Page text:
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Lincoln County’s Distinguished Young Woman heads to state competition

Jamie Sproles of Brookhaven will represent Lincoln County in the Distinguished Young Women state competition in Meridian.  Sproles is a student at Brookhaven High School and daughter of Joanna and Tommy Sproles. She plans on pursuing an English education degree at the University of Mississippi after graduating high school.

Jamie Sproles of Brookhaven will represent Lincoln County in the Distinguished Young Women state competition in Meridian. Sproles is a student at Brookhaven High School and daughter of Joanna and Tommy Sproles. She plans on pursuing an English education degree at the University of Mississippi after graduating high school.

Brookhaven student Jamie Sproles is headed to Meridian this weekend to represent Lincoln County in the Distinguished Young Women competition and said she is most excited about the prospect of making friends with like-minded young women from around the state.

“Getting to meet 34 other girls and making friends that can one day help you in the long run, is definitely really fun for me,” Sproles said. “For the week of competition, they take all phones and electronics to build relationships with the girls. I’ve heard past winners tell us about it, and I know it’s the best thing.”

Formerly titled Junior Miss, Distinguished Young Women is a national scholarship program that inspires high school girls to develop their full, individual potential through a fun, transformative experience that culminates in a celebratory showcase of their accomplishments. The program platform, the Be Your Best Self program, hinges on the young women encompassing the qualities of health, ambition, involvement, responsibility and studiousness.

Sproles won the title for Lincoln County at the DYW at-large program in Meridian, where young women from counties that don’t have a freestanding DYW program can compete for their county titlesThe state competition is July 23 through 26 in Meridian.

A rising Brookhaven High School senior and daughter of Joanna and Tommy Sproles, Sproles said that this is her first experience with a pageant-style competition.

“This is the absolute first pageant-type thing I’ve ever done,” Sproles said. “[DYW] calls for a lot more — it’s about more than just teasing hair high enough. You have to be healthy, communicate well, think on your feet — it’s bigger.”

Though she doesn’t have pageant experience, Sproles grew up on the stage at the Brookhaven Little Theatre, where her parents frequently volunteer. She says theatre has helped her become her best self.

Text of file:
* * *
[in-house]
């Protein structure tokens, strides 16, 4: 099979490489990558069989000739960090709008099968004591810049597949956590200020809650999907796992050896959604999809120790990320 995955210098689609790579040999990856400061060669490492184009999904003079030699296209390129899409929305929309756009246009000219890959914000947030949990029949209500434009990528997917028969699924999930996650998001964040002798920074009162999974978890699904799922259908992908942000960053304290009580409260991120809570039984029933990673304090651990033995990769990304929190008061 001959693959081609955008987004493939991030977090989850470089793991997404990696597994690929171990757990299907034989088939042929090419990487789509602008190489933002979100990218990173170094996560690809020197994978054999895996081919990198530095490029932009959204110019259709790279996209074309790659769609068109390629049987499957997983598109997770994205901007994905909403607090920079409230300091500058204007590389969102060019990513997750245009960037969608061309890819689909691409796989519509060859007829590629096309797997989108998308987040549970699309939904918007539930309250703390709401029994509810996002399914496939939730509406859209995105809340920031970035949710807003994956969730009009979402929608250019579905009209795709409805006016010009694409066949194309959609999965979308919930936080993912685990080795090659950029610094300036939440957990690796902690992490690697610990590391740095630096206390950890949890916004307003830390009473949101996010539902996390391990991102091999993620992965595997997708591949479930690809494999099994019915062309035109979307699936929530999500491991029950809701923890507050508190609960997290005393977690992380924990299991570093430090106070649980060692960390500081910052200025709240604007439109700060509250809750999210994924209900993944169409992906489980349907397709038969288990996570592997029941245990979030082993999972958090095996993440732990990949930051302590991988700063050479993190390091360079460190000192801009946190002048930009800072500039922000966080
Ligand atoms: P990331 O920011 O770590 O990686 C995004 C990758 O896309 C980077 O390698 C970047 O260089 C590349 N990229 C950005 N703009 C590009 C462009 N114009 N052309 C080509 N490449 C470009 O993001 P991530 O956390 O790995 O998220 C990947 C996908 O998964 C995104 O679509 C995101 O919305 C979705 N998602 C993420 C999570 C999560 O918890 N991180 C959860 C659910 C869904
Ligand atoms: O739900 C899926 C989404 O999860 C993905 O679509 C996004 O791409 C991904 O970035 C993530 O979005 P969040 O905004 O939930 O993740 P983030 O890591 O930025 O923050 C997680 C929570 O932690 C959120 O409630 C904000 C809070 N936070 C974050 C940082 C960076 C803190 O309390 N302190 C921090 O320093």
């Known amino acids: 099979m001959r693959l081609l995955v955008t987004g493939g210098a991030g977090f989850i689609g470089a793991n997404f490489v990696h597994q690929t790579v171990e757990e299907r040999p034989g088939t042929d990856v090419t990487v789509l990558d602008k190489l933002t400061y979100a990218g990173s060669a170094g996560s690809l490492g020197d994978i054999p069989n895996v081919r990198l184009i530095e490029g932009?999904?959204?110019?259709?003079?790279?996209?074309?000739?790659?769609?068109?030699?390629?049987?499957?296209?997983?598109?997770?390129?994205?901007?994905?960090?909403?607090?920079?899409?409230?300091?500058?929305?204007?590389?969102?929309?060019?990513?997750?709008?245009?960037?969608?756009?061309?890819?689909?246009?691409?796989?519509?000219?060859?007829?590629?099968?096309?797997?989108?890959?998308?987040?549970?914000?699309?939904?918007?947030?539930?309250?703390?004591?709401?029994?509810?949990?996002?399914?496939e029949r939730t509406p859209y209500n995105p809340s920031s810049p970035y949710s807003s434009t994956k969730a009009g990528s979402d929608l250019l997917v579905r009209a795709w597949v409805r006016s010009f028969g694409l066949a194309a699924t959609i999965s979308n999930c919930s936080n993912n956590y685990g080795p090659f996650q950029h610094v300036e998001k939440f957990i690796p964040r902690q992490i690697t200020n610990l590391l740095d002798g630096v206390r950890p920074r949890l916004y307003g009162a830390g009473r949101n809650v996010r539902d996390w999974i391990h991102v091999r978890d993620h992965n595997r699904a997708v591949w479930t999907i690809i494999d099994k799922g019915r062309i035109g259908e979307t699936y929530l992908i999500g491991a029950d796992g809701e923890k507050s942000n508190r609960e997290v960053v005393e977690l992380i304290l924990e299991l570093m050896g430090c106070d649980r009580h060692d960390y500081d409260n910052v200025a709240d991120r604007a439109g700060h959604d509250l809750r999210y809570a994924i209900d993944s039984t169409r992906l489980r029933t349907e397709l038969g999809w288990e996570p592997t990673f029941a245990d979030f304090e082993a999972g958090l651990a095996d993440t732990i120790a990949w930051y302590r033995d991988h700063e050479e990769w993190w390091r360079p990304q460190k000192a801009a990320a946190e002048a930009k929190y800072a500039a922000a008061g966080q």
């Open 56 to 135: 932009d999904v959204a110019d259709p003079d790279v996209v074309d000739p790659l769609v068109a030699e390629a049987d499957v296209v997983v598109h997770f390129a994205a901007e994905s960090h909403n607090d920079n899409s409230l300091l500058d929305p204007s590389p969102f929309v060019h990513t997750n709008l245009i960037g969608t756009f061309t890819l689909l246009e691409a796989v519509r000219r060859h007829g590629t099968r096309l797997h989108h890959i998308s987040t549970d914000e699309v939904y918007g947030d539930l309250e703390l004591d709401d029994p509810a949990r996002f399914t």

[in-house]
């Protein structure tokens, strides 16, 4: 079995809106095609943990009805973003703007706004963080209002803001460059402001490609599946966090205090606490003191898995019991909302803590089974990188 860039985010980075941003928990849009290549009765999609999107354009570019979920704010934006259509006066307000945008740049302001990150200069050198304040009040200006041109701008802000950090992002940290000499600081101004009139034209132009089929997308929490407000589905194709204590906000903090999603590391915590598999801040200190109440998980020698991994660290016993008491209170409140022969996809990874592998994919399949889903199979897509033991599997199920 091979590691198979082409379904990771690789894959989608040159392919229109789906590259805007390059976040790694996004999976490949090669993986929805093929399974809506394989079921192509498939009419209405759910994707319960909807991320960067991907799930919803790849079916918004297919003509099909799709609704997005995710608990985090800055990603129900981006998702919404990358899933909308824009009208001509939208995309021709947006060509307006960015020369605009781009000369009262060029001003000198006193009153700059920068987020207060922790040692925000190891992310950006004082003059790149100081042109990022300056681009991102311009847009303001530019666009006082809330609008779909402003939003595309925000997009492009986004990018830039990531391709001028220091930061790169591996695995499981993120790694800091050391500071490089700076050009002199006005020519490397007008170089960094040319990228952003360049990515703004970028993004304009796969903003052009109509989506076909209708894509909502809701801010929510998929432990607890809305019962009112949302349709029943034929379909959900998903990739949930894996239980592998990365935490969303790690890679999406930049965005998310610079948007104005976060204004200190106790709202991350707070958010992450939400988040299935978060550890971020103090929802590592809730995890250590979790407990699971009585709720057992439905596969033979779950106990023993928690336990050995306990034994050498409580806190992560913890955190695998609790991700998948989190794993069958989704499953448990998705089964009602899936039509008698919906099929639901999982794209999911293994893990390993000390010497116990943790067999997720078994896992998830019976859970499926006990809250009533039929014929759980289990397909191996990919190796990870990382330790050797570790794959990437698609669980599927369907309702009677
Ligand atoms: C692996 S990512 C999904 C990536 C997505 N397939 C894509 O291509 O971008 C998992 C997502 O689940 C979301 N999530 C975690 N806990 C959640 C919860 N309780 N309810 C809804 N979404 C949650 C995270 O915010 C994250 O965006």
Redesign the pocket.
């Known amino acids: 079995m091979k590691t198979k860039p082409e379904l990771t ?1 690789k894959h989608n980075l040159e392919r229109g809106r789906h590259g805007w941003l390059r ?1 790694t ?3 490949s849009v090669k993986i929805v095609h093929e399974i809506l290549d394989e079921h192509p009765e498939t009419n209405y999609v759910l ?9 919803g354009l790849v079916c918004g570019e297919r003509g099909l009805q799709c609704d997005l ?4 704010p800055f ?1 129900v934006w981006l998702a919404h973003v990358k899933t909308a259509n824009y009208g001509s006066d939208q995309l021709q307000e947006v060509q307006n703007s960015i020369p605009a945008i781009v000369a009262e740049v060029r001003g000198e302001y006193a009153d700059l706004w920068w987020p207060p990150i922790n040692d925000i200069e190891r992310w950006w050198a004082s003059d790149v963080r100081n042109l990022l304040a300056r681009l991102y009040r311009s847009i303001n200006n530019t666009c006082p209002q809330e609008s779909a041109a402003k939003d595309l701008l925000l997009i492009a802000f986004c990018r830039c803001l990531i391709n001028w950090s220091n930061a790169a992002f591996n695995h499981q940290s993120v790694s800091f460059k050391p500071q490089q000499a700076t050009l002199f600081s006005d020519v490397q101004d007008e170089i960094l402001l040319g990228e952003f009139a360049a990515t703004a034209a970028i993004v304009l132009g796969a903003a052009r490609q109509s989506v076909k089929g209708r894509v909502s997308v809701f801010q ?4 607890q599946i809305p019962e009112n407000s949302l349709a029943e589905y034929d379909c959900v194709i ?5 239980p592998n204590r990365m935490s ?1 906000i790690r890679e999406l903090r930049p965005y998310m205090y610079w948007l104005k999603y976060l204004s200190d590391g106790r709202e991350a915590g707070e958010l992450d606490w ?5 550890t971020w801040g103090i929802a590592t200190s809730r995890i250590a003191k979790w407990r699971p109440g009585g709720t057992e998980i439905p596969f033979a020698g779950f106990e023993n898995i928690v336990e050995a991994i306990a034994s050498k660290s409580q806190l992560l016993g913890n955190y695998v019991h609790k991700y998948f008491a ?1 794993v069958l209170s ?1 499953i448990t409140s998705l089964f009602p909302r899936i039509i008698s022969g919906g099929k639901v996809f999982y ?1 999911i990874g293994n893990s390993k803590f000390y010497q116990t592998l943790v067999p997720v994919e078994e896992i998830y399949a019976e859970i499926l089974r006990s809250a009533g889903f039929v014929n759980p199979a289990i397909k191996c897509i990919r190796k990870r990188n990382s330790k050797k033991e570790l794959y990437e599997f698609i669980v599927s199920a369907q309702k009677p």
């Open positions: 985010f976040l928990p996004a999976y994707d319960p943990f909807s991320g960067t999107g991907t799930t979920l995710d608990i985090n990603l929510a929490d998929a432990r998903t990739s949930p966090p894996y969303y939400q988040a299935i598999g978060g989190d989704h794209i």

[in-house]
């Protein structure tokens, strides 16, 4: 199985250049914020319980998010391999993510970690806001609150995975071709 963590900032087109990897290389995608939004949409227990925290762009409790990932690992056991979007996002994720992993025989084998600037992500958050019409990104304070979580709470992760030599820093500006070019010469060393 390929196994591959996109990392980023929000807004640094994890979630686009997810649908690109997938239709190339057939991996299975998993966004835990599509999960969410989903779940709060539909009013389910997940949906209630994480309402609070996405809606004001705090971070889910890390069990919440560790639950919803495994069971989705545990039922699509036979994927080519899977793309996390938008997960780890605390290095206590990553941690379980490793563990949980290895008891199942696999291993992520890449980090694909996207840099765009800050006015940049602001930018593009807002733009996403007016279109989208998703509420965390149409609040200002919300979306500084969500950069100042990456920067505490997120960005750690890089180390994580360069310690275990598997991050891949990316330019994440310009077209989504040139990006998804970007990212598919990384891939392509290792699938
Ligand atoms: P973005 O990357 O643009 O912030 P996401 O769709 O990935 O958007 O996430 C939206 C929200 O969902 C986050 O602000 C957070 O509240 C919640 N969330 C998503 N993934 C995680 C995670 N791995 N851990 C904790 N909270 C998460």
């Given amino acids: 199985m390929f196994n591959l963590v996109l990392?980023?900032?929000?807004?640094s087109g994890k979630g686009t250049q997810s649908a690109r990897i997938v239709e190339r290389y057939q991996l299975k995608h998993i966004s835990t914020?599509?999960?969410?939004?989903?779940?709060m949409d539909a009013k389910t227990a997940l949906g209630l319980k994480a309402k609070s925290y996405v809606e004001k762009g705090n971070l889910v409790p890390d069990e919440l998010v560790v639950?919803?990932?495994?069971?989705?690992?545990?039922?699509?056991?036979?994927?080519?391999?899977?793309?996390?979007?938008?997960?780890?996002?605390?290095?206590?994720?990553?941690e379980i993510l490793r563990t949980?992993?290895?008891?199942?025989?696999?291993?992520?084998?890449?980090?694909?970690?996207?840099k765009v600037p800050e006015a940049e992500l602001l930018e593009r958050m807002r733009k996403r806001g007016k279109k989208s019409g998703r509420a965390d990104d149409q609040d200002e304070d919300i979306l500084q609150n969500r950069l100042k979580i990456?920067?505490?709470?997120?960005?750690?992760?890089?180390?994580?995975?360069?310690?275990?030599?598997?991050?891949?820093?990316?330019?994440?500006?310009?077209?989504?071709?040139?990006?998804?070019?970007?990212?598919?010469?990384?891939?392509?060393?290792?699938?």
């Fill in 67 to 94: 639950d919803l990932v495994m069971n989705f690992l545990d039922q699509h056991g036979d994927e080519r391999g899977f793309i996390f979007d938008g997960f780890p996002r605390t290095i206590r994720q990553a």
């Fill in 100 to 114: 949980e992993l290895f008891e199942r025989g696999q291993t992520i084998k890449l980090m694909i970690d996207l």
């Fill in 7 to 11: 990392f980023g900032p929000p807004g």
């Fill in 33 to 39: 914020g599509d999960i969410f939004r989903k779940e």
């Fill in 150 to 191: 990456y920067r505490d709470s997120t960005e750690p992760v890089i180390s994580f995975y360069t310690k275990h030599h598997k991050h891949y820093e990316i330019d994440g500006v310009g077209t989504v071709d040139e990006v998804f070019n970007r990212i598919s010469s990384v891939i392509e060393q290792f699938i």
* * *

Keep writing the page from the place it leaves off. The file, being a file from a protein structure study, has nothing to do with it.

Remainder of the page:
“Both of my parents have directed on stage, and I’ve been there ever since I was six,” Sproles said. “My grandmother did plays there. Having that family lineage there always brought me growth. Being on stage, being confident speaking in front of people has helped shape me into a better person.”

The Distinguished Young Women program is divided between an interview with judges, a performing arts talent portion, fitness and self-expression. For talent, Sproles will be performing the song “Good Morning Broadway” from the musical “Hairspray.” 

“I sang when I was younger, took voice lessons,” Sproles said. “I decided I’m just going to pull singing out of the bag. Hairspray is my favorite musical. The character Traci is trying to be a dancer. She’s an ambitious girl and eventually reaches her dreams. She embodies the character of a Distinguished Young Woman.”

Sproles divides her time between many school activities, including formerly playing trumpet in band, National Honor Society, Speech and Debate groups, Girl Scouts, Youth Advisory Board for Tobacco Prevention, Mississippi Youth Council and Mississippi Scholastic Publication Association. She is on the BHS Tennis Team and has served as class president for two years.

For the future, Sproles sees herself attending the University of Mississippi after graduation and applying for the Lott Leadership Institute. She wants to major in English education and teach elementary school.

“My mother works with at risk students in high school to get them back on their feet,” Sproles said. “My mom asked a student, ‘What would you want, if we could give you anything in the world?’ He said he would want to be able to read. He slipped through the cracks. 70 percent of inmates can’t read. To me that’s really such a huge deal, for children to learn how to read and learn literature. Both of my parents are teachers. I’ve grown up tutoring and helping out in the classroom and I’ve known since I was two I wanted to be a teacher.”

Sproles said attending the Lott Leadership Institute for high school students led her to think about pursuing a path in public education policy.

“Maybe I want to do something beyond making a difference in one classroom and change policies within the state to make a bigger impact,” Sproles said.